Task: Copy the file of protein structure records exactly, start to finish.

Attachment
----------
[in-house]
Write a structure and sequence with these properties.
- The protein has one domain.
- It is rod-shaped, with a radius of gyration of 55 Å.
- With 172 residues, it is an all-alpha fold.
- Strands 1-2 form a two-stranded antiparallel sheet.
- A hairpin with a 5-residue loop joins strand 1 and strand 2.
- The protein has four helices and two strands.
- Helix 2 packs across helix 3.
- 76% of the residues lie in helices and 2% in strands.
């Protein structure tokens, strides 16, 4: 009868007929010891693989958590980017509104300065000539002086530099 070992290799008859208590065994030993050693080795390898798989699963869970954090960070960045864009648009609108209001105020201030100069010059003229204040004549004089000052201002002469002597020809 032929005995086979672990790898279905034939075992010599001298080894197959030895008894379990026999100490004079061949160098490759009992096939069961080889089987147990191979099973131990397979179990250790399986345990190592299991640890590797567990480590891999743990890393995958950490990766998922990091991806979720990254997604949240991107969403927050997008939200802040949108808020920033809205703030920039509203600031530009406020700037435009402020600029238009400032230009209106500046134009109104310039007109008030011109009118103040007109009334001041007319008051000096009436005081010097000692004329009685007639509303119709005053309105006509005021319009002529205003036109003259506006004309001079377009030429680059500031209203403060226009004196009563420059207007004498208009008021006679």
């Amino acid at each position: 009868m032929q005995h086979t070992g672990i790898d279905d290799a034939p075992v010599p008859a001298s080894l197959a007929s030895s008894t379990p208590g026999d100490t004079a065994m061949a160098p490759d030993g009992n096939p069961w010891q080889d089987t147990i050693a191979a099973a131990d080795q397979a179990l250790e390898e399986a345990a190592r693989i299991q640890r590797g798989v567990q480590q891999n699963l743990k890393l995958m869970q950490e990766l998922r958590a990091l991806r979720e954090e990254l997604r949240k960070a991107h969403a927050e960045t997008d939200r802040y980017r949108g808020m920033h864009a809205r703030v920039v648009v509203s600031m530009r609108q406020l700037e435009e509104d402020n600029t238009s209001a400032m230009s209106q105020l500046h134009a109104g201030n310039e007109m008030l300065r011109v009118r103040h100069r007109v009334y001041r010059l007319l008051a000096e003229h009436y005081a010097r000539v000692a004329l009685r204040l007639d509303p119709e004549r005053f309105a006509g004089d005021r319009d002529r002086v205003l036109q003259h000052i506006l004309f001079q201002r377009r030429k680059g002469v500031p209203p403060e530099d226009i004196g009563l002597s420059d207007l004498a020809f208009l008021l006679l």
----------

[in-house]
Write a structure and sequence with these properties.
- The protein has one domain.
- It is rod-shaped, with a radius of gyration of 55 Å.
- With 172 residues, it is an all-alpha fold.
- Strands 1-2 form a two-stranded antiparallel sheet.
- A hairpin with a 5-residue loop joins strand 1 and strand 2.
- The protein has four helices and two strands.
- Helix 2 packs across helix 3.
- 76% of the residues lie in helices and 2% in strands.
């Protein structure tokens, strides 16, 4: 009868007929010891693989958590980017509104300065000539002086530099 070992290799008859208590065994030993050693080795390898798989699963869970954090960070960045864009648009609108209001105020201030100069010059003229204040004549004089000052201002002469002597020809 032929005995086979672990790898279905034939075992010599001298080894197959030895008894379990026999100490004079061949160098490759009992096939069961080889089987147990191979099973131990397979179990250790399986345990190592299991640890590797567990480590891999743990890393995958950490990766998922990091991806979720990254997604949240991107969403927050997008939200802040949108808020920033809205703030920039509203600031530009406020700037435009402020600029238009400032230009209106500046134009109104310039007109008030011109009118103040007109009334001041007319008051000096009436005081010097000692004329009685007639509303119709005053309105006509005021319009002529205003036109003259506006004309001079377009030429680059500031209203403060226009004196009563420059207007004498208009008021006679």
């Amino acid at each position: 009868m032929q005995h086979t070992g672990i790898d279905d290799a034939p075992v010599p008859a001298s080894l197959a007929s030895s008894t379990p208590g026999d100490t004079a065994m061949a160098p490759d030993g009992n096939p069961w010891q080889d089987t147990i050693a191979a099973a131990d080795q397979a179990l250790e390898e399986a345990a190592r693989i299991q640890r590797g798989v567990q480590q891999n699963l743990k890393l995958m869970q950490e990766l998922r958590a990091l991806r979720e954090e990254l997604r949240k960070a991107h969403a927050e960045t997008d939200r802040y980017r949108g808020m920033h864009a809205r703030v920039v648009v509203s600031m530009r609108q406020l700037e435009e509104d402020n600029t238009s209001a400032m230009s209106q105020l500046h134009a109104g201030n310039e007109m008030l300065r011109v009118r103040h100069r007109v009334y001041r010059l007319l008051a000096e003229h009436y005081a010097r000539v000692a004329l009685r204040l007639d509303p119709e004549r005053f309105a006509g004089d005021r319009d002529r002086v205003l036109q003259h000052i506006l004309f001079q201002r377009r030429k680059g002469v500031p209203p403060e530099d226009i004196g009563l002597s420059d207007l004498a020809f208009l008021l006679l």